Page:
SOME fine professional looking work is on view at Huddersfield Art gallery in the annual exhibition of the Huddersfield Photo-Imaging group.
There’s plenty to admire, both from the straightforward camera work to pictures enhanced by digital means.
Black and white remains an attraction for many photographers, and for viewers too.
In this category, Graham Sykes’ Statue of Lord Wilson in St George’s Square and the South Front of Kiddleston Hall, Derbyshire, are worth mentioning, while Robin Longbottom’s shots of London monuments show superb detail and clarity.
They included a section of the Albert Memorial in Kensington Gardens and the Battle of Britain Memorial at the Embankment, with its dramatic image of pilots racing to their planes.
Still in monochrome, Peter Thornton shows how to turn a simple subject into something spectacular, with his picture of lone wooden cross against a dark background at Silkstone Church creating a powerful image.
Natural life, in colour, provides a fine contrast, and Malcolm Sykes is again perhaps the doyen here, with some exemplary work. There are charming and sometimes astonishing close-ups of sparrow, snipe, little owl and whinchat, along with a hurtling fox.
Full marks too, to Phillip Haigh for his different varieties of dragonflies and his frightening looking spider (definitely not for arachnophobics!)
Stephen Challenge’s red deer – stag with hinds is a charming idyll, and lovely enough to turn anyone against deer-culling.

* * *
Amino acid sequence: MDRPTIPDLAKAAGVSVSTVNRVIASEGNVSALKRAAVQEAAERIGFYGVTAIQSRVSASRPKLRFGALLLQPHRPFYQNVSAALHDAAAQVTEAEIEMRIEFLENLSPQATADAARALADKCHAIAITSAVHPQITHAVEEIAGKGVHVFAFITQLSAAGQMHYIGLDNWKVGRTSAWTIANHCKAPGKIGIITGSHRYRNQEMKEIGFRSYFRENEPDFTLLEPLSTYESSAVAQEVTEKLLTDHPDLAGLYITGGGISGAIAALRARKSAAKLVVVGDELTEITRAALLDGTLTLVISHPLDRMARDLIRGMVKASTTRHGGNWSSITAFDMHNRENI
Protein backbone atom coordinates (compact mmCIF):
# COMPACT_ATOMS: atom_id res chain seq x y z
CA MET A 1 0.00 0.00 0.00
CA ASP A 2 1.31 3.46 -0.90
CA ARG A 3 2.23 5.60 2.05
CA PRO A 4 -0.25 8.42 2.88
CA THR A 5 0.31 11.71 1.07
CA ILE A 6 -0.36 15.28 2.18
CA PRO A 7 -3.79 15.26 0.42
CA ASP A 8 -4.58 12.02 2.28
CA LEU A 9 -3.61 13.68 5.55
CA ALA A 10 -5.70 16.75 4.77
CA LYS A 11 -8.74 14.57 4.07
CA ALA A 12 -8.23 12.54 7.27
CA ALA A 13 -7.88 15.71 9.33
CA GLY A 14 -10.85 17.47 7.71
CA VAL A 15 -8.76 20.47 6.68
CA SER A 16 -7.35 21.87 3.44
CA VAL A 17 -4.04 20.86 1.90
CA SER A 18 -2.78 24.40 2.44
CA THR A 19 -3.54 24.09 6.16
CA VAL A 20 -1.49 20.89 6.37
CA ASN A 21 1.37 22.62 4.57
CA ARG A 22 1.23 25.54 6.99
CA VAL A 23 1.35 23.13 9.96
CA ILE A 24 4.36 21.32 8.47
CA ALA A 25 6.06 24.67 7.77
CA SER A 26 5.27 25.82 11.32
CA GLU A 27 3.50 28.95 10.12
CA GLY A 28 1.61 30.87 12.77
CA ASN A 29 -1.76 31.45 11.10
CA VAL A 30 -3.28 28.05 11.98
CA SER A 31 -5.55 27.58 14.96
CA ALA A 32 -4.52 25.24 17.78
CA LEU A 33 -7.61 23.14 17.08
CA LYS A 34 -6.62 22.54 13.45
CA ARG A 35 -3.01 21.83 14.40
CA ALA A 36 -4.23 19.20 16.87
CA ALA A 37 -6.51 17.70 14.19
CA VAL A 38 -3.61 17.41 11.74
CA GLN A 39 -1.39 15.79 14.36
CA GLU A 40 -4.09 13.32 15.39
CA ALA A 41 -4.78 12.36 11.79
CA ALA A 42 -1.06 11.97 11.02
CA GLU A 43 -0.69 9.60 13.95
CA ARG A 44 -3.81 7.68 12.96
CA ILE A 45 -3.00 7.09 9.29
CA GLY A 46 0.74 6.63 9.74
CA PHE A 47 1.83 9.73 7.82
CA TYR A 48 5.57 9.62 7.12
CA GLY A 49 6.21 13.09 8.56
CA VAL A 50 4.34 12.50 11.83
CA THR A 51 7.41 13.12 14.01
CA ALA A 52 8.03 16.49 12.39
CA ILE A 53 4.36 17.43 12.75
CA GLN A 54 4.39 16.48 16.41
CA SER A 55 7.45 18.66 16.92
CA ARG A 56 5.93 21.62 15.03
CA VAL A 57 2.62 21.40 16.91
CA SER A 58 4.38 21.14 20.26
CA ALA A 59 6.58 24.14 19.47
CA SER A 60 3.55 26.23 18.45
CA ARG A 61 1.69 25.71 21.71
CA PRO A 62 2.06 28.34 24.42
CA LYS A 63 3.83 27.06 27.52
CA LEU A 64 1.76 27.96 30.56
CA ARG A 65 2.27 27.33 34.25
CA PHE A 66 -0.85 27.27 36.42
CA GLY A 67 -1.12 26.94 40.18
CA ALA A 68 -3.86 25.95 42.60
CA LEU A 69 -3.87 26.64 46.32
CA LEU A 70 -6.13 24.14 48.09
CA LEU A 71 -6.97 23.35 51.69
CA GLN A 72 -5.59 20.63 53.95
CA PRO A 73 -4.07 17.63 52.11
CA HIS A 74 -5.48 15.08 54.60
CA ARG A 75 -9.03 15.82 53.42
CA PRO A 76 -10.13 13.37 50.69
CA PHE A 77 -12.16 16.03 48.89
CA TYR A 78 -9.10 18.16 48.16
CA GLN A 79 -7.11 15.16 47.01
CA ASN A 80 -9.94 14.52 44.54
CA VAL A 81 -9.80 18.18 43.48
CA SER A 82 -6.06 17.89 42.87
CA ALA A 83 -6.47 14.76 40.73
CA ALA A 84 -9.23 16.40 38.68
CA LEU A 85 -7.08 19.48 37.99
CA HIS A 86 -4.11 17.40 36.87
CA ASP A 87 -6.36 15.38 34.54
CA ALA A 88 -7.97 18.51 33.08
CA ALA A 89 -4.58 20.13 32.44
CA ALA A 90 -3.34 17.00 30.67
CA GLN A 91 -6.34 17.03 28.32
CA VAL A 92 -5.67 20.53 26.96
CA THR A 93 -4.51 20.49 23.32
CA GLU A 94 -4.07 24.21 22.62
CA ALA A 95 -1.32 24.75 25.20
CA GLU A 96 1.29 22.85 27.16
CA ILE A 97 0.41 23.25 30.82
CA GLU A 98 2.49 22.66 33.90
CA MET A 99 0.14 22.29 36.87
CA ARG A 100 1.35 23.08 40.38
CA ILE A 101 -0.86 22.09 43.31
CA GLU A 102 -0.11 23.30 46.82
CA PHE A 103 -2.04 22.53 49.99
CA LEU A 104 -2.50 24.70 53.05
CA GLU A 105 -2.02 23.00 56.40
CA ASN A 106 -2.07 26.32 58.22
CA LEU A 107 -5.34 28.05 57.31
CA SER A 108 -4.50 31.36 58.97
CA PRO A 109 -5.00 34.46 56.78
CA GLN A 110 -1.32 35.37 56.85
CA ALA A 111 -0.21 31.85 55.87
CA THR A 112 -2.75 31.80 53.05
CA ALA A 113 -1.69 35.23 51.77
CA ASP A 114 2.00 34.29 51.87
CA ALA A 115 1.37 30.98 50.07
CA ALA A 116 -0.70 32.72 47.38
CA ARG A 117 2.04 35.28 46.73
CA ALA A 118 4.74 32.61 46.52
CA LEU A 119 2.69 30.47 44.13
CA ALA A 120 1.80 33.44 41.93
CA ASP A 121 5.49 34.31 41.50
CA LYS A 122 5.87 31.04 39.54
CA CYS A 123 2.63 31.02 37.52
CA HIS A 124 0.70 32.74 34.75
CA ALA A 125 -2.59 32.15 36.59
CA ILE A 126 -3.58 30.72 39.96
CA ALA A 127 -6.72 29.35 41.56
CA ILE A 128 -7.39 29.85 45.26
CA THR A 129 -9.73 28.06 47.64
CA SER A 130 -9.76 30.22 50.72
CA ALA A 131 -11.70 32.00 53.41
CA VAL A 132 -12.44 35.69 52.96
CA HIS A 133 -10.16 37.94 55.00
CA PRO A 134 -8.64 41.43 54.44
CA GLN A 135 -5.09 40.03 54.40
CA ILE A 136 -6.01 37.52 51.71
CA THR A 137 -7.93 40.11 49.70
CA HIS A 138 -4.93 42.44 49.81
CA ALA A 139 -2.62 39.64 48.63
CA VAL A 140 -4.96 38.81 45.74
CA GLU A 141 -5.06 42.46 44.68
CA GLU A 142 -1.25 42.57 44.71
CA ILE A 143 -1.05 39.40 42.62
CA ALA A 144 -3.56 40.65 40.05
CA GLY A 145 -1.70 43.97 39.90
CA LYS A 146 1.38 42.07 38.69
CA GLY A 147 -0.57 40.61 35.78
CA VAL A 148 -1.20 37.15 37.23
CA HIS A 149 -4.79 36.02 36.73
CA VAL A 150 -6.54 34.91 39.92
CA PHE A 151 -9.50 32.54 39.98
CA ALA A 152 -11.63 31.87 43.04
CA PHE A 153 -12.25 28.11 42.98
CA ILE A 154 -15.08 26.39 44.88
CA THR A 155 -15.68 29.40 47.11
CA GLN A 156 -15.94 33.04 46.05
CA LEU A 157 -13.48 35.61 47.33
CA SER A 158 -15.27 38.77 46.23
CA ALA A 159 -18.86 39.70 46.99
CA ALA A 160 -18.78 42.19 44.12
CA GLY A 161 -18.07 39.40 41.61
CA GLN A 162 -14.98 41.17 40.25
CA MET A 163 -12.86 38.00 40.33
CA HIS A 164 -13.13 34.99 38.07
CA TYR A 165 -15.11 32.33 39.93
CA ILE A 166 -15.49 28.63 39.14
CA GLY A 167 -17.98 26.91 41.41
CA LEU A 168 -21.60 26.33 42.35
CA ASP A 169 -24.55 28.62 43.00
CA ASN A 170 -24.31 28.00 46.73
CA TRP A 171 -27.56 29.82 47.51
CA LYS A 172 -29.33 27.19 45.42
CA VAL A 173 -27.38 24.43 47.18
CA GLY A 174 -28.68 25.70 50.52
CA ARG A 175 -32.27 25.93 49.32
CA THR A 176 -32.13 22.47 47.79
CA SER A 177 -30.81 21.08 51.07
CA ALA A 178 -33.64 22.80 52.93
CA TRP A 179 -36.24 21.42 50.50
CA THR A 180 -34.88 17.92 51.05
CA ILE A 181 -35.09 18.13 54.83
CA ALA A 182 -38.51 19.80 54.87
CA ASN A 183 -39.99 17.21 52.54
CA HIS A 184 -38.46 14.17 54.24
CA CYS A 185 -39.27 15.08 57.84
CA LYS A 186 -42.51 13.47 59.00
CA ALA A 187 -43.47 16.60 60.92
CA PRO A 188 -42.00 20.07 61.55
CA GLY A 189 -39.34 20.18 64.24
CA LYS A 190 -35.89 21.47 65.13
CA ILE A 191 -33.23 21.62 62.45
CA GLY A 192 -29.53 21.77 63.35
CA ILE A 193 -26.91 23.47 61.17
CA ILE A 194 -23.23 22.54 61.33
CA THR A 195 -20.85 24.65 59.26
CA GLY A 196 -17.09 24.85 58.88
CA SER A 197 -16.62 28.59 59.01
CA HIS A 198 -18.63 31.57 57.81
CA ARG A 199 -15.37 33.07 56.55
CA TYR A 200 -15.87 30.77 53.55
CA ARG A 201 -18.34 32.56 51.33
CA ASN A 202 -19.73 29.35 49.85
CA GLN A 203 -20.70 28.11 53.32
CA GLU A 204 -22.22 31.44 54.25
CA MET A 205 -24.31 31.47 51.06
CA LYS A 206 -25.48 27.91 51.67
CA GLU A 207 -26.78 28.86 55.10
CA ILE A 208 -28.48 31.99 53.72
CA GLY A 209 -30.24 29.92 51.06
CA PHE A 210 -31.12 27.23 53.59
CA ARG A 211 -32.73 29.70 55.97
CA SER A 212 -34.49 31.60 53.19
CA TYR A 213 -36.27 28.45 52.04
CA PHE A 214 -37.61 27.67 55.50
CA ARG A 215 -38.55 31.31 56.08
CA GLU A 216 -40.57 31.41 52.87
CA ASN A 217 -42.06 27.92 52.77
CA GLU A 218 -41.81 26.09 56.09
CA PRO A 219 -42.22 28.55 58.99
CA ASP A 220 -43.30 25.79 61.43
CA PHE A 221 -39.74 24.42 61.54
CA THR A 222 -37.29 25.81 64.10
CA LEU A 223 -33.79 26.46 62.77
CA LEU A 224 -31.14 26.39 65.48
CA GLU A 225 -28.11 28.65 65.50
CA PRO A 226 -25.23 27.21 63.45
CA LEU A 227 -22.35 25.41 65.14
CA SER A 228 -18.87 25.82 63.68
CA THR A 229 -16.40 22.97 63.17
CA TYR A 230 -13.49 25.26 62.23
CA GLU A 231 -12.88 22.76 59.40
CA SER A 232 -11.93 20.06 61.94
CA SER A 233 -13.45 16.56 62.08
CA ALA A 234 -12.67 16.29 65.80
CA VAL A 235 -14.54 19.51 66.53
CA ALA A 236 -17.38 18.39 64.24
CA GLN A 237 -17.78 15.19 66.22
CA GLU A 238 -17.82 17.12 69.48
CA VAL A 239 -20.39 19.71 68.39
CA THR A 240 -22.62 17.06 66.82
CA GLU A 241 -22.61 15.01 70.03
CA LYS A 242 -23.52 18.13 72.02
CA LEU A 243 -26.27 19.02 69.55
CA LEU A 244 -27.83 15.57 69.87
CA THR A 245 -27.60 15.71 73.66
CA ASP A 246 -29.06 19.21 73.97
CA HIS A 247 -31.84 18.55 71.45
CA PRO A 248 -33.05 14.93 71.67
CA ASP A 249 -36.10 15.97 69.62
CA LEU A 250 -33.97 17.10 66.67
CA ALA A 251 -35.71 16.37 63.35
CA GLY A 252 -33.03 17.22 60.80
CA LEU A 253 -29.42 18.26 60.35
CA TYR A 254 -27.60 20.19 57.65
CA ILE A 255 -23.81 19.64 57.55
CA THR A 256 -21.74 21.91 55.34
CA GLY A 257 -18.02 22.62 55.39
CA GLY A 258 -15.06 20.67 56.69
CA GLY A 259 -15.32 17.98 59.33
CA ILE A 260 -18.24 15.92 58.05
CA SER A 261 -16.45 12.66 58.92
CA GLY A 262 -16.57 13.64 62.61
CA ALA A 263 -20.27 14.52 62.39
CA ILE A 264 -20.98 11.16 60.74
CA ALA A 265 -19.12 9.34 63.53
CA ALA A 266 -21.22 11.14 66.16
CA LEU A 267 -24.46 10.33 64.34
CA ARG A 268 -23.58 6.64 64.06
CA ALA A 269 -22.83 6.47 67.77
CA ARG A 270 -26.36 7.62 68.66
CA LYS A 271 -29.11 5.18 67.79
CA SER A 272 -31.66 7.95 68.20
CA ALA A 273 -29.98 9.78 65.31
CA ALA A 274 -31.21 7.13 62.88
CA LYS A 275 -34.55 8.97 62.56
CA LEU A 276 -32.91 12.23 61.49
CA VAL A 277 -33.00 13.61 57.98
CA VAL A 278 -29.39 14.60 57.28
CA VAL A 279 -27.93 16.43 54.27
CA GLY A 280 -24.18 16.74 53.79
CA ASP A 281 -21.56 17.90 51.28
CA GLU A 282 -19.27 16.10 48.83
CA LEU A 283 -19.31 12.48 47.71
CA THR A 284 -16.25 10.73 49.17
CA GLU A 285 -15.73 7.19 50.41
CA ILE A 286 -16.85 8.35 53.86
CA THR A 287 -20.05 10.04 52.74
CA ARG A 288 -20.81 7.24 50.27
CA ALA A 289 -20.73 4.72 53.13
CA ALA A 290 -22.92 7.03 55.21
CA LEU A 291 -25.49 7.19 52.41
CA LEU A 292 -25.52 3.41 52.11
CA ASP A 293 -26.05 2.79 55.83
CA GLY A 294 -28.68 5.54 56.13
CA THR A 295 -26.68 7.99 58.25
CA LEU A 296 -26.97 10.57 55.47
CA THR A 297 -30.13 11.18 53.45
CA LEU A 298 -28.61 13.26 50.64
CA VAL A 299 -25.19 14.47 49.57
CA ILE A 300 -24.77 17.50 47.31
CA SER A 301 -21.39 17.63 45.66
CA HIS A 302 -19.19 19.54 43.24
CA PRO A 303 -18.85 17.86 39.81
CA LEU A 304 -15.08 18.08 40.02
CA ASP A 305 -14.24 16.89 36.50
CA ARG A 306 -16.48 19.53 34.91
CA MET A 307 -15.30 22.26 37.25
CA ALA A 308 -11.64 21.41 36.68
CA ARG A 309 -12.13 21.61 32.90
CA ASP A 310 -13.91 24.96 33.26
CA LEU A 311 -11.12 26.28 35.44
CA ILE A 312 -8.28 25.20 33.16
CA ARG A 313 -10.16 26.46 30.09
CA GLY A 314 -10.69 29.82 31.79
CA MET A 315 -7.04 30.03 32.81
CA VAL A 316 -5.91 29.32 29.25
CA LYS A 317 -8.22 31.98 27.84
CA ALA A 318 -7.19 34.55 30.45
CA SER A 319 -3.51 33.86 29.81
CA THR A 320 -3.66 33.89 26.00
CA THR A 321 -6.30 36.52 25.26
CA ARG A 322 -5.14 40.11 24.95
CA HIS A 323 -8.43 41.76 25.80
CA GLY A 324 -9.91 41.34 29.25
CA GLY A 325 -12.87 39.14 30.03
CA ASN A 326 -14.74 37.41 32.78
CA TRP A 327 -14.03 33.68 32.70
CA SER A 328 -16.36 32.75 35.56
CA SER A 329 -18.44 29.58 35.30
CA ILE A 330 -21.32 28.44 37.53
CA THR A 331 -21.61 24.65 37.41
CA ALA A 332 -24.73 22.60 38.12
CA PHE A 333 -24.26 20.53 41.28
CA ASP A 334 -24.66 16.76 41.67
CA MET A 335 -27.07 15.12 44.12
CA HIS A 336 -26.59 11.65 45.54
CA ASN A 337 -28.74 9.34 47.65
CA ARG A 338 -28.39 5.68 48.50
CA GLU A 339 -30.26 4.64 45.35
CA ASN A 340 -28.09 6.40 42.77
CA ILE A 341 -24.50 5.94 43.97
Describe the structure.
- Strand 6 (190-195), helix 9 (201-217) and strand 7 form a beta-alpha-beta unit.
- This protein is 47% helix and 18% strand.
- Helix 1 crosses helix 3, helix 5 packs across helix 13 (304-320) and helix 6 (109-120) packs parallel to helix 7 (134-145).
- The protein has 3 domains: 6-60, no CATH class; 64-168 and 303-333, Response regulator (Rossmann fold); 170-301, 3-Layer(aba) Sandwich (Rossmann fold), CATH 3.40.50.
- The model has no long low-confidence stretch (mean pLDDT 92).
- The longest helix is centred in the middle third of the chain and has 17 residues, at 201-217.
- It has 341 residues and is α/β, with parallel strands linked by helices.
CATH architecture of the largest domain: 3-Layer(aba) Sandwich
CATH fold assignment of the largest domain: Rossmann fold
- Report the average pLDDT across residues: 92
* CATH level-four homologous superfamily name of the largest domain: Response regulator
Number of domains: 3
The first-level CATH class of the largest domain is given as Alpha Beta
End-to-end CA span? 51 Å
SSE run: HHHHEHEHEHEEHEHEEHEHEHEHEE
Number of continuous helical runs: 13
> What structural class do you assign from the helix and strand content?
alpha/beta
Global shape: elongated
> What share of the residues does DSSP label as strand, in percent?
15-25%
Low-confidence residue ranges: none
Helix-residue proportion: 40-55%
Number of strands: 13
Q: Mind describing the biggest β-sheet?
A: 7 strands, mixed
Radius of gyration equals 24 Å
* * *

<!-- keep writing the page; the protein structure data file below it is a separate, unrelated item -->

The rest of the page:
It’s difficult to give an impression of the projected images on a TV screen, because they are so many and varied, but all of good quality. They range from Mating Frogs and Leopard Cub to champagne grapes, winter snow, steam punks, a Morris dancer and rugby and football pictures which capture all the action.
And mention must be made of Graham Sykes’ colour shot, Money by the Slice, which will certainly keep visitors asking, how on earth did he do it?
The show runs until April 2.
oLUPTON Square Gallery, Honley has opened its spring show and owner Geoff Harrop has again assembled an excellent range of talent.
Jeff Beaumont’s local landscapes with their fine skies are well known, and there are impressionist oils on canvas by Kate Masterson, including St Ives, Cliff Edge, Coast and Coast walk.
Neville Fleetwood, whose work is also well known locally, lays the paint on lavishly in his acrylics like Farmland and Yellows Fields.
Michael Curgenven is showing colourful, near abstracts of Kintyre and the Holme Valley.
Maxwell Doig, who is returning to this area from Manchester, where he has established a big reputation, has two intriguing self-portraits on view as well as one of his overhead paintings of a rowing boat this time.
Sue Birkinshaw’s large acrylics like Sea Cycle and Passing Storm rank high in colour and atmosphere.
Adding to the exhibitions’ attractions are new ceramics designs by Sue Jenkins, Moz Khokar’s ceramic vases, and the gorgeously shaped and coloured Rio Vase from Michael Hunter’s glass studio.
oDAVE Hayes is the owner of Huddersfield’s newest art shop and he hopes to be holding a series of painting demonstrations and other events.
The first is on Saturday April 2 when Jason Bowen will be at Paint and Art at York House, Leeds Road, to share the skills of oil painting.
There will be two demonstrations, one at 10.30am and the second at 1.30pm.
Jason uses techniques developed by Bob Ross, an American painter whose Joy of Painting series on television encouraged many people to start painting.
“If you are you’re interested in this fantastic style of painting and have questions to ask then please come down to the demonstrations,” said Dave.